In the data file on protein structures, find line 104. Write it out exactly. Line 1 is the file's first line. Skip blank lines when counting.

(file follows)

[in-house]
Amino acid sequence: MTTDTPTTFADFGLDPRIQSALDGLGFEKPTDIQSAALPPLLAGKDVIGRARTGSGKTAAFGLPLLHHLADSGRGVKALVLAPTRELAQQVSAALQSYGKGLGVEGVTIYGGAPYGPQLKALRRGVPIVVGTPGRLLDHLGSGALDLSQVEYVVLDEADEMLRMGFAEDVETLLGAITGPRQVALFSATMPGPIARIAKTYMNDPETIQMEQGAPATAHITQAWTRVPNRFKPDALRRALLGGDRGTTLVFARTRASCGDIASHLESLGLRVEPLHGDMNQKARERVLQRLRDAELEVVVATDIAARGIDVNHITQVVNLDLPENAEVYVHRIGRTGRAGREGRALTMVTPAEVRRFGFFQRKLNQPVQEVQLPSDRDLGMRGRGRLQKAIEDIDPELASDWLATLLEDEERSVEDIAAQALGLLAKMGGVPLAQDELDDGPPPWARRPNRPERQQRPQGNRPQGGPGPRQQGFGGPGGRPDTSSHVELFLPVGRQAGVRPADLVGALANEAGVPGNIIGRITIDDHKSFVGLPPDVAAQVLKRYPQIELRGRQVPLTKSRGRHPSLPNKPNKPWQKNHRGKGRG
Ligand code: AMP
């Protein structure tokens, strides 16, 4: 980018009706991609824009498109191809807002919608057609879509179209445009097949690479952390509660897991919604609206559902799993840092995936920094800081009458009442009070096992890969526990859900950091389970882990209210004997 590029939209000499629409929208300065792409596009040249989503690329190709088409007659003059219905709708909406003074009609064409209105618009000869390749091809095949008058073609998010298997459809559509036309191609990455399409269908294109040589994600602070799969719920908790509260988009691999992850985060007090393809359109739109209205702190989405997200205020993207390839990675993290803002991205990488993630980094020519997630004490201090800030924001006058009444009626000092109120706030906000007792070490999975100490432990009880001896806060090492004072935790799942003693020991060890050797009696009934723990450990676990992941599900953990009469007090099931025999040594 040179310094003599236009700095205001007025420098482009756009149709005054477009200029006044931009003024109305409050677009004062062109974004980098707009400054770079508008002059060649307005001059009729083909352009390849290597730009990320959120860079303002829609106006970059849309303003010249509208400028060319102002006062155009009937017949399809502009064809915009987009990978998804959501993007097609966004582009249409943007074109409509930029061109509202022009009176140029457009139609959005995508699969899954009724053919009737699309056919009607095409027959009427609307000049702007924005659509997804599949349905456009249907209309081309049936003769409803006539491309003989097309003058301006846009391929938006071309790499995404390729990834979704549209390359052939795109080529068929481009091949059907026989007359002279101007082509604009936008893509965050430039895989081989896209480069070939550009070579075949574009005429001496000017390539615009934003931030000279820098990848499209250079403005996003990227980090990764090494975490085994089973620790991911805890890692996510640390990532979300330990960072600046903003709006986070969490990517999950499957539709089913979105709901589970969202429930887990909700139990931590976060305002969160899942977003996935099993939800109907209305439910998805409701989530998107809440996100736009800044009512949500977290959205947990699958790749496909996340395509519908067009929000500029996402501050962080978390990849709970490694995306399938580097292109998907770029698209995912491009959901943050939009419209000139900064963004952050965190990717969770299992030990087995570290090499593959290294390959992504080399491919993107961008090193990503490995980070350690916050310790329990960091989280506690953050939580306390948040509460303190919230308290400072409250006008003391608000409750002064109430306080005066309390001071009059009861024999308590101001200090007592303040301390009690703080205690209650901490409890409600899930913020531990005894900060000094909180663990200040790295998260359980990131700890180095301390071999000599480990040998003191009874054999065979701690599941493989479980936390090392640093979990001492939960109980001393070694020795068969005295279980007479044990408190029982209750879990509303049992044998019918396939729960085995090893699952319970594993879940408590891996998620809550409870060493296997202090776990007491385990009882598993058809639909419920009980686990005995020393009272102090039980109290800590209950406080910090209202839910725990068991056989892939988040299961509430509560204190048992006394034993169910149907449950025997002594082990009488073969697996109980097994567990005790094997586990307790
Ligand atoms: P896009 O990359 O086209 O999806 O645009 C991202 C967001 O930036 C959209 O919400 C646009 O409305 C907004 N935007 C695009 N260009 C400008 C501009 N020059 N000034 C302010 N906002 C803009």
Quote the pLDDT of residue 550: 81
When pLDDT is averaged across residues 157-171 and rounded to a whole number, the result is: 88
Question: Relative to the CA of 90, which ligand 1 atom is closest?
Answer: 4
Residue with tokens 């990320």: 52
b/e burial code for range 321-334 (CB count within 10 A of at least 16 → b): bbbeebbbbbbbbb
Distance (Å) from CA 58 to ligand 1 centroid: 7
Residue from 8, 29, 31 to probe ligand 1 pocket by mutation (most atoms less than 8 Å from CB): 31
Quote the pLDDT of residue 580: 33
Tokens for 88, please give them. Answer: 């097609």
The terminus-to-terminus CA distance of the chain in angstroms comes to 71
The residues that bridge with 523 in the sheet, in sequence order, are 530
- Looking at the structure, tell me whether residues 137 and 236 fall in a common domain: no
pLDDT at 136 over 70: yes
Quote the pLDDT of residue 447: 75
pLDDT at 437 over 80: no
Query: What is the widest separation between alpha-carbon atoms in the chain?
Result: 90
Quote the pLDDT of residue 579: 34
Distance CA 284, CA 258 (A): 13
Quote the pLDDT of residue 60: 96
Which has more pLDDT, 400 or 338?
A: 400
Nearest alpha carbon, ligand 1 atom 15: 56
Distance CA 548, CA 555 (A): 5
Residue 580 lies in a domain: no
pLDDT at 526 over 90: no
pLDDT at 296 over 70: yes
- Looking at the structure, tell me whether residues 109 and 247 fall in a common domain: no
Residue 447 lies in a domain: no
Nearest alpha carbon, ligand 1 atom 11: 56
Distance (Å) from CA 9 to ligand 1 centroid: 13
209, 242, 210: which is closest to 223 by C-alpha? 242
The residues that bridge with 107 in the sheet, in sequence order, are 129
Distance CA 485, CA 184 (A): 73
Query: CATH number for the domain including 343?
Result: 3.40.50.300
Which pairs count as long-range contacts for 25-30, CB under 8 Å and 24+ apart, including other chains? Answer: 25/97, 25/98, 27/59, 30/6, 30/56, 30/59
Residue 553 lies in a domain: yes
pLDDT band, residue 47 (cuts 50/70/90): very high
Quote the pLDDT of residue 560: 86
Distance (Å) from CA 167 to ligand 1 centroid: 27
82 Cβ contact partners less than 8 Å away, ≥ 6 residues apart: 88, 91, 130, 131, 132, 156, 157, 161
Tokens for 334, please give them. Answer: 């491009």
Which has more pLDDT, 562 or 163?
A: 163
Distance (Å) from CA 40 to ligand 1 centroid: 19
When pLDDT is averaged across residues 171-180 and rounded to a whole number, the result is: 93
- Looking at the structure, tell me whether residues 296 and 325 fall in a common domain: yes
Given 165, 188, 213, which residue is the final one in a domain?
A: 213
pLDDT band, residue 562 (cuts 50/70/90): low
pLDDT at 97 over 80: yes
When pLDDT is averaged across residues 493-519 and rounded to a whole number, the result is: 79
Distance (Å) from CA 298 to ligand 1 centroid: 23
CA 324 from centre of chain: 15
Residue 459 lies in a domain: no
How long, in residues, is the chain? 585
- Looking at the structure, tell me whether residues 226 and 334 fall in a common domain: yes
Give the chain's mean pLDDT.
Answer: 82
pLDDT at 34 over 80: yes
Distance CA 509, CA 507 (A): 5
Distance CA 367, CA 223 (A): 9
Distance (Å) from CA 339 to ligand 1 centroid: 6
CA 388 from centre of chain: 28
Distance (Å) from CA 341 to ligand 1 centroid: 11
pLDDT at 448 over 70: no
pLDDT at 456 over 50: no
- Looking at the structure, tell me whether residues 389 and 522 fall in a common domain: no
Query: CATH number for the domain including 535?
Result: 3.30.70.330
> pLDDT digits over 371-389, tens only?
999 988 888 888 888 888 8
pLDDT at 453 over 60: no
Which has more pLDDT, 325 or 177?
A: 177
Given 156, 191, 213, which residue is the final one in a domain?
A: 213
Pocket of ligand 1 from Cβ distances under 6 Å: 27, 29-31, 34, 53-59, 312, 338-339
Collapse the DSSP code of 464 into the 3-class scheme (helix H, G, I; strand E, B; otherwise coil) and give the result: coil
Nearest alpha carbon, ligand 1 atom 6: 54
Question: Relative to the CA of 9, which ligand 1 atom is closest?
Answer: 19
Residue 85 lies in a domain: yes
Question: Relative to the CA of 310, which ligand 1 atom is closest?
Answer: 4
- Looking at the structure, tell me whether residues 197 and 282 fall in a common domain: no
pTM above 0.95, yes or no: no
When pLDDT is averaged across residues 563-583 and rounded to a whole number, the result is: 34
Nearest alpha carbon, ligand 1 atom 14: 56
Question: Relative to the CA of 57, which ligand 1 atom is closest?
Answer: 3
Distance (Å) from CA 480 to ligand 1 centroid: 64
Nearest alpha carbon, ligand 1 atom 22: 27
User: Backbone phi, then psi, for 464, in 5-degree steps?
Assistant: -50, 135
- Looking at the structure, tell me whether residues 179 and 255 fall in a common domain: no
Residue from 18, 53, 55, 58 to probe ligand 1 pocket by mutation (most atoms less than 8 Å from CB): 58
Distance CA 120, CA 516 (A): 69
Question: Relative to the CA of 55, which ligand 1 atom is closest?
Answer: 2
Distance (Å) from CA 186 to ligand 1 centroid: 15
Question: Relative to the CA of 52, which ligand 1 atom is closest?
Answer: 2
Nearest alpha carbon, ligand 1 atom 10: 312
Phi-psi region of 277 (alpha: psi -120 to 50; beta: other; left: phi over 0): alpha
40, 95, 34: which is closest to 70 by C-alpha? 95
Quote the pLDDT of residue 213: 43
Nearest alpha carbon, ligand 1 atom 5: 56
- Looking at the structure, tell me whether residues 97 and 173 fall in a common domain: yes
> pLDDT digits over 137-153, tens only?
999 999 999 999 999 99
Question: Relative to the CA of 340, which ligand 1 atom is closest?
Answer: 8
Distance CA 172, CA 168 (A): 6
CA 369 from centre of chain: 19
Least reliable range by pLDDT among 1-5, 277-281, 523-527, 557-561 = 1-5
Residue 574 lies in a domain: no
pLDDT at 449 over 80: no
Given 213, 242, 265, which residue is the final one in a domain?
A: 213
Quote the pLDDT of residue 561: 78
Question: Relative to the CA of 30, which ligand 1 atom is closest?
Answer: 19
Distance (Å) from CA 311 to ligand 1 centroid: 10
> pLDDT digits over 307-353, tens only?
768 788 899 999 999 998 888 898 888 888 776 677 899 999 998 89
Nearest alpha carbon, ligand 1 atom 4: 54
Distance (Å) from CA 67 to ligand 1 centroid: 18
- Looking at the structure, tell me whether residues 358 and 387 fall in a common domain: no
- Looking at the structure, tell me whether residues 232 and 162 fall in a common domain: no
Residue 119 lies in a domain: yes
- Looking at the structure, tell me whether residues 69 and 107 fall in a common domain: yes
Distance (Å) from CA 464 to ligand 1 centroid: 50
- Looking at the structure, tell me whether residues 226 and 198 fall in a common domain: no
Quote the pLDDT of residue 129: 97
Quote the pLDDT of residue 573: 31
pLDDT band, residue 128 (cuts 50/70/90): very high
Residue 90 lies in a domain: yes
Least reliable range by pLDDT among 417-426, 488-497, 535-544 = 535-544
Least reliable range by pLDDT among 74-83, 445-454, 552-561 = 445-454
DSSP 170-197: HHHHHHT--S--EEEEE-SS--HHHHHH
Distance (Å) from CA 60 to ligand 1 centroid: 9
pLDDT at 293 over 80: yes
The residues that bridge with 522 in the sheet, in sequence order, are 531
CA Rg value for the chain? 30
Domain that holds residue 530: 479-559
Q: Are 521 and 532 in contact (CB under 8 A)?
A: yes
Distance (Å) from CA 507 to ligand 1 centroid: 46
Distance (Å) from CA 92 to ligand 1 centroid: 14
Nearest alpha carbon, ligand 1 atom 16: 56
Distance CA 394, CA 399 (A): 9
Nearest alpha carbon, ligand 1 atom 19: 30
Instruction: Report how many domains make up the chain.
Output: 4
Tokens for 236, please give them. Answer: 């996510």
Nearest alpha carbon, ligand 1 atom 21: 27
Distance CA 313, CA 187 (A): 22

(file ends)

Residue from 18, 53, 55, 58 to probe ligand 1 pocket by mutation (most atoms less than 8 Å from CB): 58